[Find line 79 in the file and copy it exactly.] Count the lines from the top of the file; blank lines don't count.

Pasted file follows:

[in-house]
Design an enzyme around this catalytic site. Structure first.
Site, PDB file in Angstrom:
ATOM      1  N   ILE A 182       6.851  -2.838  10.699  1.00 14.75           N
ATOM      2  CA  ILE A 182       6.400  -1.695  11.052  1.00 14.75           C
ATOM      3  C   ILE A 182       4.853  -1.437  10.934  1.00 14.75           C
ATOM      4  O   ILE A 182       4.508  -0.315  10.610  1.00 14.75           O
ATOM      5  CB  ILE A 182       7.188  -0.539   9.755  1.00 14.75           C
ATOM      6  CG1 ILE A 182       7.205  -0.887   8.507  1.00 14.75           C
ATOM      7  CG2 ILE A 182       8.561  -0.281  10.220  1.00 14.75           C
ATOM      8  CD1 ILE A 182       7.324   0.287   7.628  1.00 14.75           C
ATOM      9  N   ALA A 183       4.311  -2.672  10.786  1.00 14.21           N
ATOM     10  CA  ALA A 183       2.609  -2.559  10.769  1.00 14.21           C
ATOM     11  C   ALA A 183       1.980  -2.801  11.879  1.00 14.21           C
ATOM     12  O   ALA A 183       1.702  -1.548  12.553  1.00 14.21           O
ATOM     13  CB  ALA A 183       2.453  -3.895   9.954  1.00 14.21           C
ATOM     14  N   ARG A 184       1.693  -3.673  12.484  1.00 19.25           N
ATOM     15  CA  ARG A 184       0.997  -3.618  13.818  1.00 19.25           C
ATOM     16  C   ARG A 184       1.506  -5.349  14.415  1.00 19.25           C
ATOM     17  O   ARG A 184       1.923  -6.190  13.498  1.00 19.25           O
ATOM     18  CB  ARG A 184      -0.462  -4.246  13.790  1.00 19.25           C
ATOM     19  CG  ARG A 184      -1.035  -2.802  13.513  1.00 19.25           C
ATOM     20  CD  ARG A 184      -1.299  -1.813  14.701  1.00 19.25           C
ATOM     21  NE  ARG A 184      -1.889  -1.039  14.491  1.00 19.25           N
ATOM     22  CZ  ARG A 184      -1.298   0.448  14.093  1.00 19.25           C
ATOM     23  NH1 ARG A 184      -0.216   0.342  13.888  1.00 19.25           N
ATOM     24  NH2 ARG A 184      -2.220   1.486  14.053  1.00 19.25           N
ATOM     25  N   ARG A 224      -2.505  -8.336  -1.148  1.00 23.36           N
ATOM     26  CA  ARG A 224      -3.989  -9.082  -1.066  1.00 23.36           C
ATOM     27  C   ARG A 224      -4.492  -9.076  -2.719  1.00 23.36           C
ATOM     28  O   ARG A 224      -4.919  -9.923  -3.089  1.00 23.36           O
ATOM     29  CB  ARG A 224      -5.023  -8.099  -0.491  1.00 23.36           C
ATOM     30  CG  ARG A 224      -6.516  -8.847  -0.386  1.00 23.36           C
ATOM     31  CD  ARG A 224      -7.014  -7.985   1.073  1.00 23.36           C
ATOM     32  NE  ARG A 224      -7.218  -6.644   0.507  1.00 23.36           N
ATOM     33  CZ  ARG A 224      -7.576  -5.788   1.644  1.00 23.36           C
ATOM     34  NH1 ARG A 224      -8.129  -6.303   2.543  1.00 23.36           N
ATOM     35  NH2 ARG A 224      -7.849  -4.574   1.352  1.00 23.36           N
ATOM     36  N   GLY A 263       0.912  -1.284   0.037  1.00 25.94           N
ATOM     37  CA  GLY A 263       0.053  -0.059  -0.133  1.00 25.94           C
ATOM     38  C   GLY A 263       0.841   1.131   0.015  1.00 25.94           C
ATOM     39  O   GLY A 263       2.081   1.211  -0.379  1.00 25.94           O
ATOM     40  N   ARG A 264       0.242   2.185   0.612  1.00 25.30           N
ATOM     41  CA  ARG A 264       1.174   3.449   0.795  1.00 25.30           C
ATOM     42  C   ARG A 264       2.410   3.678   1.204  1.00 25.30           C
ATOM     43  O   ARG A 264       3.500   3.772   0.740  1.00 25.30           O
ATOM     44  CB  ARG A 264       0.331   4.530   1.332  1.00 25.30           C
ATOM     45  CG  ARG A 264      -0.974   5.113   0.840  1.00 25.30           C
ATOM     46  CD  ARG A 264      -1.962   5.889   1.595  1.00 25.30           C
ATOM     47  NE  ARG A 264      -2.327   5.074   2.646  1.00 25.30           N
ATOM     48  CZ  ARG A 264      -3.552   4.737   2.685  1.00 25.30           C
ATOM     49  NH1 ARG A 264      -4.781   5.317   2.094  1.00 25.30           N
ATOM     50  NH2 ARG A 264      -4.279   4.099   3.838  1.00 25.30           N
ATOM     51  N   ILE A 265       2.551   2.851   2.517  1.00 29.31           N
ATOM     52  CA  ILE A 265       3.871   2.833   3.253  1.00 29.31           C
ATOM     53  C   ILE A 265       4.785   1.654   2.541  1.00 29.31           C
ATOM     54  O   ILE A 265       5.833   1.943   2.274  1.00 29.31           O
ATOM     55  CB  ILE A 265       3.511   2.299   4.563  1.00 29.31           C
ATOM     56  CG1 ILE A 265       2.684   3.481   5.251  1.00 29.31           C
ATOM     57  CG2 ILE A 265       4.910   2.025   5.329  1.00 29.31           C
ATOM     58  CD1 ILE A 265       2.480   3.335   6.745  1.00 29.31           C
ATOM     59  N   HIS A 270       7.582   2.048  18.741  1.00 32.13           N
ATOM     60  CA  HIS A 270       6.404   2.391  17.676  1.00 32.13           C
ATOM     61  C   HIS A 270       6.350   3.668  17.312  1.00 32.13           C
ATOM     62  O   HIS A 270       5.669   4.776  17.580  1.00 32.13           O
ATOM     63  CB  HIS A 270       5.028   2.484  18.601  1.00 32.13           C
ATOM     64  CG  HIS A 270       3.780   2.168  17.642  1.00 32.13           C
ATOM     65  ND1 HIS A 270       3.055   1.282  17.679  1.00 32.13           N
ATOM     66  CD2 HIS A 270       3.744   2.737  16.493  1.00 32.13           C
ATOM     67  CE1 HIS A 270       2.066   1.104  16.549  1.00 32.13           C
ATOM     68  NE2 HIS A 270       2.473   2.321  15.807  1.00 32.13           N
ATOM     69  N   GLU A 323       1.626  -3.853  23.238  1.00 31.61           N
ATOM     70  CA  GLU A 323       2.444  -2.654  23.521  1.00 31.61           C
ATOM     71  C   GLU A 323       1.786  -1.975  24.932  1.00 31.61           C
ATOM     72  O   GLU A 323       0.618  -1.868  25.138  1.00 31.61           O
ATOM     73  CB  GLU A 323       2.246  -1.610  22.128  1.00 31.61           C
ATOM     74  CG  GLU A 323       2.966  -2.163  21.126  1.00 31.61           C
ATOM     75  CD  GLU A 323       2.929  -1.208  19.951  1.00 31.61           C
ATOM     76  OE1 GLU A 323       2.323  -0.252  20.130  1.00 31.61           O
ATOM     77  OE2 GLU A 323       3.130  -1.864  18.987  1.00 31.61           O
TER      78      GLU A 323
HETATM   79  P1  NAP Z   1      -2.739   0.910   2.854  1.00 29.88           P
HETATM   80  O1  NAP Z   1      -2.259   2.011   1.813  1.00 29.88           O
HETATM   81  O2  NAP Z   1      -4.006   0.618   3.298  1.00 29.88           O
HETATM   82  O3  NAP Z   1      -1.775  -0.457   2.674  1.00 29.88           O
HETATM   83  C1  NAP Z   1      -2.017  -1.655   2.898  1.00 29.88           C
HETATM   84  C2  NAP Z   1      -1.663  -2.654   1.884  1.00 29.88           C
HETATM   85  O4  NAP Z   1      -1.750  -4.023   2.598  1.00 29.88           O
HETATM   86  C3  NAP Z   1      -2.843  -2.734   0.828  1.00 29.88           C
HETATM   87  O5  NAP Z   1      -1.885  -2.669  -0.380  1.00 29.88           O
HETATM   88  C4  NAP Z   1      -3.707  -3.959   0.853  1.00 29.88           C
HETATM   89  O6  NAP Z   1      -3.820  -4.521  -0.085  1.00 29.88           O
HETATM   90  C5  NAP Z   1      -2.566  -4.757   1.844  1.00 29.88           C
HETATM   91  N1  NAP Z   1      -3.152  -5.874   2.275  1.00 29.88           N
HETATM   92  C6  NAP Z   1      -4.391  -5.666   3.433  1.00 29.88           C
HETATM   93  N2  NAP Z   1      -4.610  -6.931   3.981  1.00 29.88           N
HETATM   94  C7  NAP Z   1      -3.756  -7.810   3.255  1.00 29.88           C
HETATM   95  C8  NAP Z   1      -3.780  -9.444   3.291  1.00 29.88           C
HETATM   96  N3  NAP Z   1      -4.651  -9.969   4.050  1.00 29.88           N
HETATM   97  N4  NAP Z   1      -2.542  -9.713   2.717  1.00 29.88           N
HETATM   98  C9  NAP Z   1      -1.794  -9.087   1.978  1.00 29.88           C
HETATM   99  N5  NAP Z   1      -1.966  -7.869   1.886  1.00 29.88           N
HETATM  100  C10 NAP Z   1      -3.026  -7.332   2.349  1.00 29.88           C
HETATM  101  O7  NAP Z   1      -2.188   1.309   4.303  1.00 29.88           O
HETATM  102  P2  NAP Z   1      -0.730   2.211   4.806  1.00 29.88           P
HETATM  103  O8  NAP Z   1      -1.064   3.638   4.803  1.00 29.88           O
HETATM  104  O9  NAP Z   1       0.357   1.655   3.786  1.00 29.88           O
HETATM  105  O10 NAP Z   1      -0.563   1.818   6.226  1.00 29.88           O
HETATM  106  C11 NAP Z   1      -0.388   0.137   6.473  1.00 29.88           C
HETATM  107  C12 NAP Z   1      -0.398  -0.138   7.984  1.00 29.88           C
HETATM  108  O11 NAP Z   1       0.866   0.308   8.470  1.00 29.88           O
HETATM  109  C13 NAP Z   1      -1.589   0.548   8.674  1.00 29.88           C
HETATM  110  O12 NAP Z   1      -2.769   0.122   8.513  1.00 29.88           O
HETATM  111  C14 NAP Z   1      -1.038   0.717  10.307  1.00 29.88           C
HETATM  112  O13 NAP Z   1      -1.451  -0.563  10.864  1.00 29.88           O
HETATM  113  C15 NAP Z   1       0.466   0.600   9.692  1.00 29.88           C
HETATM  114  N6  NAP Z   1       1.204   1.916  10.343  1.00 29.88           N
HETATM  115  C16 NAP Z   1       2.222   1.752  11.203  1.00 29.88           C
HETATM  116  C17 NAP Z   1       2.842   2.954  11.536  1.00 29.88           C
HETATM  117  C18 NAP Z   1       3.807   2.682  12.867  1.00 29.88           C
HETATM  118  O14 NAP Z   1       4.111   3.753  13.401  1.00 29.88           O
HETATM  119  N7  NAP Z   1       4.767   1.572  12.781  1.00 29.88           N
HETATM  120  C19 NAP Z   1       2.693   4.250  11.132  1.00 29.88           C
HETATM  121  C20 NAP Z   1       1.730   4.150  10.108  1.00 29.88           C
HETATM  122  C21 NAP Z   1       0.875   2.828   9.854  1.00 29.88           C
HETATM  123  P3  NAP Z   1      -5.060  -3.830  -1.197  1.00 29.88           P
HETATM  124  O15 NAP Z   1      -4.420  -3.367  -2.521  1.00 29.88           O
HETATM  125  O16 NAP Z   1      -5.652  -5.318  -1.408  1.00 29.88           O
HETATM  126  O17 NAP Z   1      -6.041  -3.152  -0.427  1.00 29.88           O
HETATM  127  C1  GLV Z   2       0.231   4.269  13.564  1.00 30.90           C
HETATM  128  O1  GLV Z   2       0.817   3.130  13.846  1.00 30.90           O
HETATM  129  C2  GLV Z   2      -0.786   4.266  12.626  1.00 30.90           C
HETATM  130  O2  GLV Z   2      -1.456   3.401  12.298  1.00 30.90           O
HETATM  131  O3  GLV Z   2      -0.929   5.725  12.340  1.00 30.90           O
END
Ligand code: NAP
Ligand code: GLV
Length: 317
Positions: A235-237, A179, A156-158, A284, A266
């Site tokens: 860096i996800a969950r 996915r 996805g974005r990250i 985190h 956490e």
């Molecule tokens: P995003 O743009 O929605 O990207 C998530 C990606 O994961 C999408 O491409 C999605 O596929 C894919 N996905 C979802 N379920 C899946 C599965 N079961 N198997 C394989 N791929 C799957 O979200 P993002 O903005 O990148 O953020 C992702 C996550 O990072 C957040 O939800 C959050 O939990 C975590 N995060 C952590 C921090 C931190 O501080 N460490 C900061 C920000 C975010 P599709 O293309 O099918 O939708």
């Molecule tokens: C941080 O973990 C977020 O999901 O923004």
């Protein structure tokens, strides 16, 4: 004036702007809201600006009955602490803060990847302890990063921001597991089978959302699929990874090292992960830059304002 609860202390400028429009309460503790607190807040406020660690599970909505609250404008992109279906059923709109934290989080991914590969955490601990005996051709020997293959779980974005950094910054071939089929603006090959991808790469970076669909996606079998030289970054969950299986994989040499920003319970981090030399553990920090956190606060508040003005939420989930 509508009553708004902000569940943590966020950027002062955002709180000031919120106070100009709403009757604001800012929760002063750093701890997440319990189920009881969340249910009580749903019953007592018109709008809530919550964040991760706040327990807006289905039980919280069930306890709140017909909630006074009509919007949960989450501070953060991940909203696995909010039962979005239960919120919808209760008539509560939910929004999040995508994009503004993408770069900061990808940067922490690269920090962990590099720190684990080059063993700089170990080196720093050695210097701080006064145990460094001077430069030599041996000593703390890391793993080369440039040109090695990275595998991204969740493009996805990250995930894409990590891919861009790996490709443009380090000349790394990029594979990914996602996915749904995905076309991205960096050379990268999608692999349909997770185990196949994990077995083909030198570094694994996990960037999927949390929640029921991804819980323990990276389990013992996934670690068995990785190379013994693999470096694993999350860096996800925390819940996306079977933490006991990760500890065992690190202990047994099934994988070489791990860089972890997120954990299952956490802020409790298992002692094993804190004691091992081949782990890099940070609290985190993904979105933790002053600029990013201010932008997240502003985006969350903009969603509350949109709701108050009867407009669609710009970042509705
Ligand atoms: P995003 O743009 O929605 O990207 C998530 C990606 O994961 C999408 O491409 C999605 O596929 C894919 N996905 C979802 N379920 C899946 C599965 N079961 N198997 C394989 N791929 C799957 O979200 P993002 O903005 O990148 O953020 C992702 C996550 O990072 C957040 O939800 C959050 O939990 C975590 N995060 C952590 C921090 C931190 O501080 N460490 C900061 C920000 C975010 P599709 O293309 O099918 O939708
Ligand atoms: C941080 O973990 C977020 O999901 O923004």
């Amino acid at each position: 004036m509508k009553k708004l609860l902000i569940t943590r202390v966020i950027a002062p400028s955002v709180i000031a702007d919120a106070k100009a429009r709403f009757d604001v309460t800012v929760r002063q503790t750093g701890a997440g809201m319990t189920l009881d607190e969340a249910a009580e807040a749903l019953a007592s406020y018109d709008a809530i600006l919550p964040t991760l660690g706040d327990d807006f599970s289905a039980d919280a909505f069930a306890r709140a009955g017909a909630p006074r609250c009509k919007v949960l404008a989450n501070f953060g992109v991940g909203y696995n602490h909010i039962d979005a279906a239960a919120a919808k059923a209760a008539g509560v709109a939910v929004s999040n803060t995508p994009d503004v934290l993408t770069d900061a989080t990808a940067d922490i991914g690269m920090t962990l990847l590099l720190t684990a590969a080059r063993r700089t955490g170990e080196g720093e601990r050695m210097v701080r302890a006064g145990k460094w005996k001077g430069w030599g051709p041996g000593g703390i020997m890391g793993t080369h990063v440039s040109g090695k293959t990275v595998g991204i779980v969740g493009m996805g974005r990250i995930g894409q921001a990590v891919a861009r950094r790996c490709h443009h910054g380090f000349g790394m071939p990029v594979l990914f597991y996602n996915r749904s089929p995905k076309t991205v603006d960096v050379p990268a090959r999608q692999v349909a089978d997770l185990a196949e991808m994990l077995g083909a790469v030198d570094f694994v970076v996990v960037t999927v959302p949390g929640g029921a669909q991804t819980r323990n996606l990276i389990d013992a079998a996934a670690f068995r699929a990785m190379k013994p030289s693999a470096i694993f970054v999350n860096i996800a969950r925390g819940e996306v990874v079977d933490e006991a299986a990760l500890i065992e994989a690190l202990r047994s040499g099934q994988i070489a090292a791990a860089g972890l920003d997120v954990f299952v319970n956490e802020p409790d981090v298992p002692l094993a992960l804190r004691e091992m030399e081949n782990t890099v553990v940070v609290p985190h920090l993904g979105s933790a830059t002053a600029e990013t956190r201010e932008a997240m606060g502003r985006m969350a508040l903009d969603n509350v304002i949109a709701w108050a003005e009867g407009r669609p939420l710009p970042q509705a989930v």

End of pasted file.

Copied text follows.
ATOM     76  OE1 GLU A 323       2.323  -0.252  20.130  1.00 31.61           O